What makes these types of Internet-facing VPN device vulnerabilities so insidious is that once an attacker has compromised a VPN device, there is hardly anything they can’t then do to the enterprise. Attackers can sit on the VPN device and pull credentials and MFA tokens off the wire. They can steal the credentials of authorized users on the device and return later using those credentials, masquerading as legitimate users.
They can re-configure the device and disable certain control features, logging, or other configurations that allow them to persist longer undetected. They pivot from the VPN device to other devices on the same network. Perhaps an open database/SQL server exposes a service port sitting in the same DMZ that can be exploited. They can deny service to the device and disrupt the organization at times of their choosing advantageous to the attacker. They can attack the AD and deploy tools like cobalt strike to further pivot and move laterally across the enterprise to deploy other payloads like ransomware. They can create and sell backdoor accounts and/or access to exploited devices, or as in this recent case, leak an entire set of 500,000 credential pairs that were harvested by exploiting CVE-2018-13379 in over 80,000 unique Fortinet VPN devices across 74 countries. Thirteen percent of these credentials were from devices located in the United States. While this list was leaked by the operator of a newly created RAMP forum on the DDW, it should be noted that this same CVE appears in both the CISA list in John’s blog, as well as the advisory put out by the FBI, NSA, and CISA concerning Russian SVR actor activity.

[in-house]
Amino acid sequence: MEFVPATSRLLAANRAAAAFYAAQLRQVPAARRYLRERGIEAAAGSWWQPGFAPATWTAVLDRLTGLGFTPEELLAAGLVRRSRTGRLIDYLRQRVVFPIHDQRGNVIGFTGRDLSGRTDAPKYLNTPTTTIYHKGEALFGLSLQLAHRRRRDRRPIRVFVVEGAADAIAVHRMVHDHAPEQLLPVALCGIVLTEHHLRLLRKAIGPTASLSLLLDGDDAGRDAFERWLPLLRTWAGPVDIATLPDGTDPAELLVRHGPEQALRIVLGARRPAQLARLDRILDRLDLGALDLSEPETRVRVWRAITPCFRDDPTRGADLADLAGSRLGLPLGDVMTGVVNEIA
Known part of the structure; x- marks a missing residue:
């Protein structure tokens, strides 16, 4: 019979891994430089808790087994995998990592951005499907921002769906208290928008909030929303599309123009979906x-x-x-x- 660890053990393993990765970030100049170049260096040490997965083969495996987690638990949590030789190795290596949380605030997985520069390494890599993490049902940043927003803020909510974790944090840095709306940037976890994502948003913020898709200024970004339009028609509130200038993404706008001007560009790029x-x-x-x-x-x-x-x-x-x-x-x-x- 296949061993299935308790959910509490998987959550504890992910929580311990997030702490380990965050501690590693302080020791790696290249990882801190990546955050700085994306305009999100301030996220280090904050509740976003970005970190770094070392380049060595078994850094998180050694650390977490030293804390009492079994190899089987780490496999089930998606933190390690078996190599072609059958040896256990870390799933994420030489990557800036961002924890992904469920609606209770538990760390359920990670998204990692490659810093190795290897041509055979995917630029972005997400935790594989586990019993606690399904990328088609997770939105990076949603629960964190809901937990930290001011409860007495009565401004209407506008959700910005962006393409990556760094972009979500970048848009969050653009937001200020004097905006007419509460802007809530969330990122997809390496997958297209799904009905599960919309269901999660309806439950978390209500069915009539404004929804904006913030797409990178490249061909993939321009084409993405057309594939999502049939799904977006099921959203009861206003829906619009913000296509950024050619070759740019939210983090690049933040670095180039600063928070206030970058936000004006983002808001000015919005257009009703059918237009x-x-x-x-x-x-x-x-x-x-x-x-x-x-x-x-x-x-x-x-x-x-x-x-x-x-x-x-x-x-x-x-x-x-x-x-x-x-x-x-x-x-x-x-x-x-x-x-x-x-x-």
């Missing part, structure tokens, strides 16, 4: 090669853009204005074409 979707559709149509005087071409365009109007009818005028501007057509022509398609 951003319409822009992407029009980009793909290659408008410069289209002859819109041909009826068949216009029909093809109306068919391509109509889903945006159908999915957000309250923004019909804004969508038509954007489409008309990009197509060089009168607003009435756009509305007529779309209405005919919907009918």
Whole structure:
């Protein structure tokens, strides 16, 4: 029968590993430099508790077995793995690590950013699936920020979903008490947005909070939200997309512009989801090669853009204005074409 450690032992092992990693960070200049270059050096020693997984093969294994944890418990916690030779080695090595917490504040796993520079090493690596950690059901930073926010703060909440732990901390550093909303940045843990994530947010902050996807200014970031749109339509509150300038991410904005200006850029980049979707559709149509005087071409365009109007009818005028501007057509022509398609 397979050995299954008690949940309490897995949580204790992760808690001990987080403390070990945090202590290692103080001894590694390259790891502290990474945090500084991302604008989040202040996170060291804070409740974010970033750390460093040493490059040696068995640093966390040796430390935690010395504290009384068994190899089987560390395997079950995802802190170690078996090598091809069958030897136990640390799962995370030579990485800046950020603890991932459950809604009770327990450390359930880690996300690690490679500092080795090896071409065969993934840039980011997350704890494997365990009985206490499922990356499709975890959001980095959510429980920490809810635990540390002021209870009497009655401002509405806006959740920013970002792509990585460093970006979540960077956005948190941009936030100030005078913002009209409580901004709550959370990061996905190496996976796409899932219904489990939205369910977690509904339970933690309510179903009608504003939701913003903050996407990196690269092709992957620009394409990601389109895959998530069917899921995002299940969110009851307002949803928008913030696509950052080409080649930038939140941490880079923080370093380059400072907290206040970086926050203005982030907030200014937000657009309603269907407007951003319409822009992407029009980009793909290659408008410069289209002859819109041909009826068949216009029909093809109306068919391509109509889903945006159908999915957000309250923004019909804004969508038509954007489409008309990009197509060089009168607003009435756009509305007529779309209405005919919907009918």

While the list of exploitable CVE’s in CISA’s 2020 and 2021 advisories is an important and urgent place to start, it is not definitive nor comprehensive by any means. Organizations focused on threat-informed risk management will also want to source from additional sources, including intelligence derived from DDW via Threat Intelligence providers. Related to the above Fortinet case-in-point, here is a list of CVE’s that have particular relevance in DDW criminal forums…ones that are used for both initial access via exploitation and secondary access via credentials that are re-sold on the DDW for follow-on campaigns. The ones with asterisks indeed overlap with the CISA advisories above, but notice the 5 additional CVE’s that deserve your full attention:
And as if that wasn’t enough to make the point, recently, someone attempted to twitter-source which CVE’s were being used by Ransomware groups. After a short time, they had sourced a list of 43 CVE’s, and unsurprisingly, 6 out of 10 were network device firmware vulnerabilities! The twitter thread continues to be added to (including by myself), so the number is higher than that. The thread caught the eye of a Bleeping Computer author that composed this excellent piece on the topic.
In the end analysis, my hot-take here is simple: Patch, patch, patch, and do so with great vigor and to get faster at patching than you were yesterday. Measure your cadence, improve your cadence, and consider it a mission-critical metric to measure going forward. Indeed this is one of the primary value use-cases for Eclypsium’s customers and is one of the main reasons we exist as an enterprise/mission grade solution designed to address precisely this kind of modern-day device level risk. If you want my ‘other’ hot take on these kinds of vulnerabilities, you’ll need to watch this short no-holds-barred video! (hyperlink to SM post of my video hot take). When you are done watching, be sure to check out this guide from NSA and CISA on how to select and harden a VPN Solution!